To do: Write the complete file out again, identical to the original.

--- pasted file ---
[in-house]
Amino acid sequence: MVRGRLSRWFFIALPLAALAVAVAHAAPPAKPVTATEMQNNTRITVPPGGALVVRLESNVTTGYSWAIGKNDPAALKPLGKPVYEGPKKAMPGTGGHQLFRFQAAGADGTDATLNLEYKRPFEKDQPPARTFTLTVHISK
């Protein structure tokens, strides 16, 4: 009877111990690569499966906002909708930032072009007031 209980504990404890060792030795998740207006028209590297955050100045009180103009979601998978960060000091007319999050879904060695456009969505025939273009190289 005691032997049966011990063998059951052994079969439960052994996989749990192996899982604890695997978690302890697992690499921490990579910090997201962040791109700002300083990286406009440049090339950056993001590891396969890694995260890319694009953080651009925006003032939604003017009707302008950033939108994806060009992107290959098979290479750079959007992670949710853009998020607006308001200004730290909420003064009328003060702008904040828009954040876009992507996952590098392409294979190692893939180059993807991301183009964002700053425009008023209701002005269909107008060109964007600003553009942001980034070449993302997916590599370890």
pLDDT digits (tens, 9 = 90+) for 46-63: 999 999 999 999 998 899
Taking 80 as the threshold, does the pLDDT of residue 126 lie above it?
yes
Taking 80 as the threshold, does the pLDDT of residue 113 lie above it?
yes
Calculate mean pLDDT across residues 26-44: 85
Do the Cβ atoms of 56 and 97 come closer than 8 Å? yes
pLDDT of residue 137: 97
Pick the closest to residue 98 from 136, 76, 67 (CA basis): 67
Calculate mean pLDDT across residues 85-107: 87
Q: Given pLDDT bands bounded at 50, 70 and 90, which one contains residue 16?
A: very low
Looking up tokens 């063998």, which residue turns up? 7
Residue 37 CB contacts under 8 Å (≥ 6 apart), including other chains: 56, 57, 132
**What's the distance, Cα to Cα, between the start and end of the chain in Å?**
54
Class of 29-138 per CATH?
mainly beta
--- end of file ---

[in-house]
Amino acid sequence: MVRGRLSRWFFIALPLAALAVAVAHAAPPAKPVTATEMQNNTRITVPPGGALVVRLESNVTTGYSWAIGKNDPAALKPLGKPVYEGPKKAMPGTGGHQLFRFQAAGADGTDATLNLEYKRPFEKDQPPARTFTLTVHISK
């Protein structure tokens, strides 16, 4: 009877111990690569499966906002909708930032072009007031 209980504990404890060792030795998740207006028209590297955050100045009180103009979601998978960060000091007319999050879904060695456009969505025939273009190289 005691032997049966011990063998059951052994079969439960052994996989749990192996899982604890695997978690302890697992690499921490990579910090997201962040791109700002300083990286406009440049090339950056993001590891396969890694995260890319694009953080651009925006003032939604003017009707302008950033939108994806060009992107290959098979290479750079959007992670949710853009998020607006308001200004730290909420003064009328003060702008904040828009954040876009992507996952590098392409294979190692893939180059993807991301183009964002700053425009008023209701002005269909107008060109964007600003553009942001980034070449993302997916590599370890």
pLDDT digits (tens, 9 = 90+) for 46-63: 999 999 999 999 998 899
Taking 80 as the threshold, does the pLDDT of residue 126 lie above it?
yes
Taking 80 as the threshold, does the pLDDT of residue 113 lie above it?
yes
Calculate mean pLDDT across residues 26-44: 85
Do the Cβ atoms of 56 and 97 come closer than 8 Å? yes
pLDDT of residue 137: 97
Pick the closest to residue 98 from 136, 76, 67 (CA basis): 67
Calculate mean pLDDT across residues 85-107: 87
Q: Given pLDDT bands bounded at 50, 70 and 90, which one contains residue 16?
A: very low
Looking up tokens 């063998």, which residue turns up? 7
Residue 37 CB contacts under 8 Å (≥ 6 apart), including other chains: 56, 57, 132
**What's the distance, Cα to Cα, between the start and end of the chain in Å?**
54
Class of 29-138 per CATH?
mainly beta